9th Michigan Battery, US Volunteers (6:3”)

Captain Jabez James Daniels, USV, commanding

  • Lead (right) Section Chief: First Lieutenant Addison Kidder, USV
  • Rear (left) Section Chief: First Lieutenant Luther R. Smith, USV
  • Center Section Chief: Lt. Lewis R Rage, USV
  • Chief of Line of Caissons: Second Lieutenant Thomas J. Lumbocker, USV(?)

Independent Battery, 6th New York Light Artillery, US Volunteers (6:3”) (formerly the Artillery Company K, 9th New York State Militia, and the 83rd New York Infantry Regiment)

Commander: Captain Joseph W. Martin, USV

  • Lead (Right) Section Chief: First Lieutenant Moses P. Clark, USV
  • Rear (Left) Section Chief: Second Lieutenant J. Wade Wilson, USV
  • Center Section Chief: First Sergeant James E. Tileson, USV

Batteries B & L, 2nd US Artillery (6:3”)

Commander: First Lieutenant Edward Heaton, USA

Battery M, 2nd US Artillery (6:3”)

Commander: First Lieutenant A.C.M. Pennington, Jr., USA

Battery E, 4th US Artillery (4:3”)

Commander: First Lieutenant Samuel Sherer Elder, USA

Second Brigade, Horse Artillery

Commander: Captain John Caldwell Tidball, USA

Batteries of the Second Brigade:

Batteries E & G, 1st US Artillery (4:3”)

Commander: Captain Alanson Merwin Randol, USA

  • Lead (Right) Section Chief: Second Lieutenant James Chester, USA
  • Rear (Left) Section Chief: Second Lieutenant Ernest L. Kinney, USA

Battery K, 1st US Artillery (6:3”)

Commander: Captain William Montrose Graham, Jr., USA

  • Lead (Right) Section Chief: First Lieutenant Teofil B. von Michalowski (or Michalows), USA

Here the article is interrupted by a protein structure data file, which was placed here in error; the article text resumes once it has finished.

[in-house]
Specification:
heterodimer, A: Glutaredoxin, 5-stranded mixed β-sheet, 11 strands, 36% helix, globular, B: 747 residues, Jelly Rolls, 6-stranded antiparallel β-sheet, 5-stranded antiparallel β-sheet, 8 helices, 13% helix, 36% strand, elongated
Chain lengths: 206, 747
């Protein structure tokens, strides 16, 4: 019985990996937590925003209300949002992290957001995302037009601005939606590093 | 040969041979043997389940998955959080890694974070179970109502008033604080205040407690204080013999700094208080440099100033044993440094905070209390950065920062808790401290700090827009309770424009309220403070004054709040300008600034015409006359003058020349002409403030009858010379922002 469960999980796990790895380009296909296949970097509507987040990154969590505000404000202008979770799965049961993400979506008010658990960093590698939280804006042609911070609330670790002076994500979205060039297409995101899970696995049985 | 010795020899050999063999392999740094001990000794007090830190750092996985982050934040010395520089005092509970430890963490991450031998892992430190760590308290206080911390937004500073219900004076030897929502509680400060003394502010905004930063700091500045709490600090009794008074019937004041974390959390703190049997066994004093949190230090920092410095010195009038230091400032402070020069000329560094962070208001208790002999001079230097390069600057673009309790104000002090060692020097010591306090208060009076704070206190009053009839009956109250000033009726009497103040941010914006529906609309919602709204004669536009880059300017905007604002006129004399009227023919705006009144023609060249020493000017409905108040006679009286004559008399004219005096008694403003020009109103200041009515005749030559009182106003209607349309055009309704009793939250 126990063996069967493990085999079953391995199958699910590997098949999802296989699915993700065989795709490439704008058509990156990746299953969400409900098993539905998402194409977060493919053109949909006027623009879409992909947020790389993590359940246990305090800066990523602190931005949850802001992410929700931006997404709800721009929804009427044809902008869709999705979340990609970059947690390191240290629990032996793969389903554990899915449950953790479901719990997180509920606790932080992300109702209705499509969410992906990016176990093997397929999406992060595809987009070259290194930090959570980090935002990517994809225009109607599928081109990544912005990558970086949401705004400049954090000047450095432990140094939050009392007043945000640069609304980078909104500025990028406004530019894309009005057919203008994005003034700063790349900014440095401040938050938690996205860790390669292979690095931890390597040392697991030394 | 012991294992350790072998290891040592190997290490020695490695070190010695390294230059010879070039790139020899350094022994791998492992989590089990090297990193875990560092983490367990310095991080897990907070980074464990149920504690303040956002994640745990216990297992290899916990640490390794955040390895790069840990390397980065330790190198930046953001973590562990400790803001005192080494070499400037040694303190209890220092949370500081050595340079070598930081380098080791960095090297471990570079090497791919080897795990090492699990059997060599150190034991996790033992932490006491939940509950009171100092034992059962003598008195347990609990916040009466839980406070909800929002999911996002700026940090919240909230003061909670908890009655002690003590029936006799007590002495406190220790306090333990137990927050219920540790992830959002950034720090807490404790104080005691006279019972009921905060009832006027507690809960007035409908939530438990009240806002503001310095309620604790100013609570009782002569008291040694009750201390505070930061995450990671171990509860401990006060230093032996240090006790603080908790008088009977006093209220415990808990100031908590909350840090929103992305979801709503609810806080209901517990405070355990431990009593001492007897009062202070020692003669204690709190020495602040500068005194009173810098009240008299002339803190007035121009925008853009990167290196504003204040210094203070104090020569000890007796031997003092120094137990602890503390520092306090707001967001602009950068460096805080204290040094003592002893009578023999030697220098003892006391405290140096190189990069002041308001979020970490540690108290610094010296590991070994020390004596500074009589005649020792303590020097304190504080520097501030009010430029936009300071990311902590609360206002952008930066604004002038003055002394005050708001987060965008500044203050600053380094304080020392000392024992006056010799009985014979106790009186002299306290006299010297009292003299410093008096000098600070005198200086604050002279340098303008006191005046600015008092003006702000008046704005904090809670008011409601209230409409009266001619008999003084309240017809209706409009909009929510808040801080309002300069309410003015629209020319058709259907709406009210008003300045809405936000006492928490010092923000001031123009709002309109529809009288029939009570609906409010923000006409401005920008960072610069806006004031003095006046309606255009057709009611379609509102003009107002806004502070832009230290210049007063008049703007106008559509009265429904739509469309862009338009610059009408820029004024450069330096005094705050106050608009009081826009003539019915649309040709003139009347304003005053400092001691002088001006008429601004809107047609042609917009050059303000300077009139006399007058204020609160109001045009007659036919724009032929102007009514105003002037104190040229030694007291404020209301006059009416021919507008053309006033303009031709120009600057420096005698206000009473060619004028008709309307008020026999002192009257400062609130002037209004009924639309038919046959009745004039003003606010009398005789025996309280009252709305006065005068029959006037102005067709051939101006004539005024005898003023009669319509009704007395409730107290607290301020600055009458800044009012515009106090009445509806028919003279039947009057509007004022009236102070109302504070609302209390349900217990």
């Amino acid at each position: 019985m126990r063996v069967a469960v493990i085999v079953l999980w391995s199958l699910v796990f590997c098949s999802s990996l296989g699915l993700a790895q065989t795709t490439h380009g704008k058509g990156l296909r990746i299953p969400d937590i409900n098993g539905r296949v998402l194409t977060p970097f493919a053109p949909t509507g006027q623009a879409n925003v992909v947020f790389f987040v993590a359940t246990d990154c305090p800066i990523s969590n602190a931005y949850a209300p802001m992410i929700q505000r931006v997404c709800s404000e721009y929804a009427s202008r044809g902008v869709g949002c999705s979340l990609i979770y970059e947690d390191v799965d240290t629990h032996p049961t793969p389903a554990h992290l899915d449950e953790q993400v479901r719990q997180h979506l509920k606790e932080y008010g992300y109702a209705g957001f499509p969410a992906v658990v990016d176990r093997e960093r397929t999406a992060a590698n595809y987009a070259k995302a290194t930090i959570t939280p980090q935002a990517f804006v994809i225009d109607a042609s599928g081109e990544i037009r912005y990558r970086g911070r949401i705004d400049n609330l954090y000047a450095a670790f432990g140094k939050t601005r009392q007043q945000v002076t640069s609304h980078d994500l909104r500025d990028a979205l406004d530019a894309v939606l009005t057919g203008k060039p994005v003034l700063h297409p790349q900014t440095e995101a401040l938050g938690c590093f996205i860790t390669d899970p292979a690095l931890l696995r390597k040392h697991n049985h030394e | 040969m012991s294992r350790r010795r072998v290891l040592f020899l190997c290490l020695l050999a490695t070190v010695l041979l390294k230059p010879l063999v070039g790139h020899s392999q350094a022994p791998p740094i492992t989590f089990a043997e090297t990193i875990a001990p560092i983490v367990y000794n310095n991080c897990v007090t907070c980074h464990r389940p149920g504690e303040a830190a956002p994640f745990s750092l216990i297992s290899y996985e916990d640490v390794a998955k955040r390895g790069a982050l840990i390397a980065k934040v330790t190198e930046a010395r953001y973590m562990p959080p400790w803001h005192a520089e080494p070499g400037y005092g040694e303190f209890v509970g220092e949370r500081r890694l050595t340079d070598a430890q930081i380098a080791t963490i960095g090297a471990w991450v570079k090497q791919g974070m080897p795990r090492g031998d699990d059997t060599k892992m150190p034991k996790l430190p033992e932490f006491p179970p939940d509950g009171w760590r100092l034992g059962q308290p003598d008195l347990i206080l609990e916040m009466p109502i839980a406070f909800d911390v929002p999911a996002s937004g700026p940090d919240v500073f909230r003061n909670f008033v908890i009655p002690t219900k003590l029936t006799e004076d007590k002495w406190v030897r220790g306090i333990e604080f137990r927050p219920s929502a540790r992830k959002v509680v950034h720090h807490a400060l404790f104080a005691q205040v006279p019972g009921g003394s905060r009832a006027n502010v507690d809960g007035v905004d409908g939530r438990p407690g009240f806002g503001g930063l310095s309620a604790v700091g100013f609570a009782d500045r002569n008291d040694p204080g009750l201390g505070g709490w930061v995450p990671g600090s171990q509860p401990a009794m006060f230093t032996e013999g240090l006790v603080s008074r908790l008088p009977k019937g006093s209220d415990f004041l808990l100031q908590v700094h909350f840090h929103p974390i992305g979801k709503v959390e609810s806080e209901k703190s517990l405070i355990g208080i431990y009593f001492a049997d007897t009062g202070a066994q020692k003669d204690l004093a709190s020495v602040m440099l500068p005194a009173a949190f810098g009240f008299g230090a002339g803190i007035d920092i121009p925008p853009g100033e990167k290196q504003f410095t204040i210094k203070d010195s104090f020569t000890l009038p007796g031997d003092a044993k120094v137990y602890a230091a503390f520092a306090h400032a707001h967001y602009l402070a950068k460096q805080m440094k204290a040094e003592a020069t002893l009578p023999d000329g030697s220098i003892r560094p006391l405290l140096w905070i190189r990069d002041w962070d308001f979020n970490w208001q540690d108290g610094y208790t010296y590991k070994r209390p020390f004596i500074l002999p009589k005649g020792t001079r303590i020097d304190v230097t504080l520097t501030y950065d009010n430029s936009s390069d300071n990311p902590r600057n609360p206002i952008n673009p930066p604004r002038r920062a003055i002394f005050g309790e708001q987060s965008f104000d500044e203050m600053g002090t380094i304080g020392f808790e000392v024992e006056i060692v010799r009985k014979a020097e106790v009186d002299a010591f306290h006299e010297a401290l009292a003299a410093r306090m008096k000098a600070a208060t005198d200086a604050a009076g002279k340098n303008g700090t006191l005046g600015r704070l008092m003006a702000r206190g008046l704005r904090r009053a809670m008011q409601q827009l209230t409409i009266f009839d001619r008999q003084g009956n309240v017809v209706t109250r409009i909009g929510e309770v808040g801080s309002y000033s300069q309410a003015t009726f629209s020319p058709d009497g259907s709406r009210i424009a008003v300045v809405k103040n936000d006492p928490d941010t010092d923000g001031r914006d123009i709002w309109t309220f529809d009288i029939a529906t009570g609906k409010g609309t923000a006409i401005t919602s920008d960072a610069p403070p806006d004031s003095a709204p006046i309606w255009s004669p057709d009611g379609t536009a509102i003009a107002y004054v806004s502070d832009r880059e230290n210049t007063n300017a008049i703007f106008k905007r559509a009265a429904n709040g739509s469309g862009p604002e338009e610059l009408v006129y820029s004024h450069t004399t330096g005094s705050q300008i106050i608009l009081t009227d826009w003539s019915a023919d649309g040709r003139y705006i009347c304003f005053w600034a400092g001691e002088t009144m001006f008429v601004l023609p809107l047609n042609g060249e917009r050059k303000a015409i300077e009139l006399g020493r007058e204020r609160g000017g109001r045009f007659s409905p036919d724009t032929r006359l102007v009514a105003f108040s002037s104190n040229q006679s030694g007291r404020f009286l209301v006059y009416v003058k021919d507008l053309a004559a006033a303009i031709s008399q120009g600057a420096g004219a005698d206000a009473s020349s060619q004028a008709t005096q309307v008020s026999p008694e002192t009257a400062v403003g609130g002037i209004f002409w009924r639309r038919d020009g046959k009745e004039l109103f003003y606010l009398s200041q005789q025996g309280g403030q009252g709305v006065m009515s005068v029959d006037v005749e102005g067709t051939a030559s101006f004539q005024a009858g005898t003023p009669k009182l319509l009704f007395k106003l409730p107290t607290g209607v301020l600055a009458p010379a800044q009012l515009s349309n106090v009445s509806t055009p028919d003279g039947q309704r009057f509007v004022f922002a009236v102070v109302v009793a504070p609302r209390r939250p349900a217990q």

Battery A, 2nd US Artillery (6:3”)

Commander: Second Lieutenant John Haskell Calef, USA

  • Lead (Right) Section Chief: Second Lieutenant John William Roder, USA
  • Rear (left) Section Chief: First Sergeant Joseph Newman, USA
  • Center Section Chief: Sergeant Pergel, USA

Battery C, 3rd US Artillery (6:3”)*

Commander: First Lieutenant William Duncan Fuller, USA

  • Lead (Right) Section Chief: First Lieutenant Henry Meinell, USA
  • Rear (Left) Section Chief: First Lieutenant James Rigney Kelly, USA
  • Center Section Chief: Second Lieutenant James Madison Lancaster, USA
  • First Sergeant – First Sergeant Daniel Munger, USA

Light Battery H, 3rd Pennsylvania Heavy Artillery, US Volunteers (2:3”)

Commander: Captain William D. Rank, USV

  • Lead (Right) Section Chief: William M. Runkel, USV
  • Rear (Left) Section Chief: Thomas B. Nelson, USV
  • Center Section Chief: Second Lieutenant John A. Light, USV

Battery C, 3rd US Artillery was not present during the battle of Gettysburg

1864 - Overland Campaign

The Horse Artillery remained organized into two brigades until June, when it was reduced to one. The units that were cut from the ranks left their best equipment with the remaining units, and reported to Washington, DC for further orders, elsewhere. The following are the final list of command and staff and order of battle of the larger organization and the list for the reduced roster.

January – June, 1864

1st Brigade, U.S. Horse Artillery

Commander: Captain James Madison Robertson, USA (Brevet Colonel)

Quartermaster: Captain William Goldie, USV (formerly Captain, 56th Illinois Infantry)

Commissary of Subsistence: Captain Henry Loud Cranford, USV (formerly First Lieutenant, 84th New York Infantry)

Organization:

9th Battery, Michigan Light Artillery

Commander: Captain Jabez Daniels, USV

6th Independent Battery, New York Light Artillery

Commander: Captain Joseph W. Martin, USV

Batteries B & L, 2nd U.S. Artillery

Commander: First Lieutenant Edward Heaton, USA

Battery D, 2nd U.S. Artillery

Commander: First Lieutenant (Brevet Major) Edward B. Williston, USA